If we know only emptiness, emptiness means there is nothing. For example, if you see some objects like a vase, etc., you look inside and there is nothing. Then you say “empty vase”. So, there is nothing. That really means emptiness. But it is not sufficient we understand in that way. Sometimes people think, “I understand everything is emptiness, shunyata”. Then you think, “I am realized, I know everything.” In the real sense that does not correspond; even emptiness has infinite potentiality – you should understand that. How does this infinite potentiality manifest and what are its’ qualities? This potentiality manifests through sound. Sound arises from emptiness. Sound slowly develops and then we can understand everything in the relative condition. For that reason we have the letter A in the center of the thigle. A represents only that sound. Also when we do practice, sometimes we transform like in the Vajrayana system, and we need to do a visualization like the three vajras: white Om, red A, and blue HUM, something like this. But the essence is not this form. Essence is sound, the sound of OM, A, and HUM. In the same way, when we transform with a seed syllable, sometimes we say HUM, sometimes HRI, etc. In Vajrayana all manifestations belong to the Five Dhyana Buddhas.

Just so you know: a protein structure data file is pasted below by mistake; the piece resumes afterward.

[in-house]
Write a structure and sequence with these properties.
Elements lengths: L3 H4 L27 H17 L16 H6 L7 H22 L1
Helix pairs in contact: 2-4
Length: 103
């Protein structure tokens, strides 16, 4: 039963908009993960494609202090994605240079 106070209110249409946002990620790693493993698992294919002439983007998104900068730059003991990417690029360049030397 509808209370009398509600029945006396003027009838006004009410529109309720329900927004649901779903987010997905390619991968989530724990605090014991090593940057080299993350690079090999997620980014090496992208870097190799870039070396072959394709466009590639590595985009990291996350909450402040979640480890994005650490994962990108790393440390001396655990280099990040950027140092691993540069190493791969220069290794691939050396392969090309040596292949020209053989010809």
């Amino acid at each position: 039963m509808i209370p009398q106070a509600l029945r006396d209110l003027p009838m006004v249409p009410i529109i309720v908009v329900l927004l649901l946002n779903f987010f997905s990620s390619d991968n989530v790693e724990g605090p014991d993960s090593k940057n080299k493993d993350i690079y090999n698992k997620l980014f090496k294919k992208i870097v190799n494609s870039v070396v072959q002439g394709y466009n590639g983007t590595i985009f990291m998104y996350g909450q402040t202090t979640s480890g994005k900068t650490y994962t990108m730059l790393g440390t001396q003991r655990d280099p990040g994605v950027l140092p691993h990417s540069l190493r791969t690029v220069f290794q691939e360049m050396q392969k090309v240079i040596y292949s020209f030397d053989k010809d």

So these seed syllable sounds like OM, HUM, TRAM, HRI, A, with these sounds of the seed syllables, we can understand what belongs to which Buddha family. This is more related with sound. But if we are thinking only of sound, then we cannot see, we cannot understand. Sound develops in light. When we say light, light means like light and dark. It doesn’t mean five colors. Five colors are still more developed. So, white A represents the light of the sound A. This is very important to understand. So, slowly when we do visualizations, we should understand the meaning. When we have light, then you can see there is a thigleof the five colors. First the five colors develop and then the five wisdoms, etc. When we understand that the characteristic of these manifestations of potentiality is the five elements, then there is possibility. In the Dzogchen teaching we say lhundrub, lhundrubmeans the self-perfected qualification, which we all have. We don’t understand this thigleand the white A inside as something in our stomach, this is not what is meant. We have this potentiality. When there is this potentiality, in Vajrayana style you receive initiation, instruction, etc., and then you can transform into any kind of form. What we have learned, for example, is how we transform divinities, colors, forms, etc. – these are the instructions.
Transcription: Anna Rose
Editing: Naomi Zeitz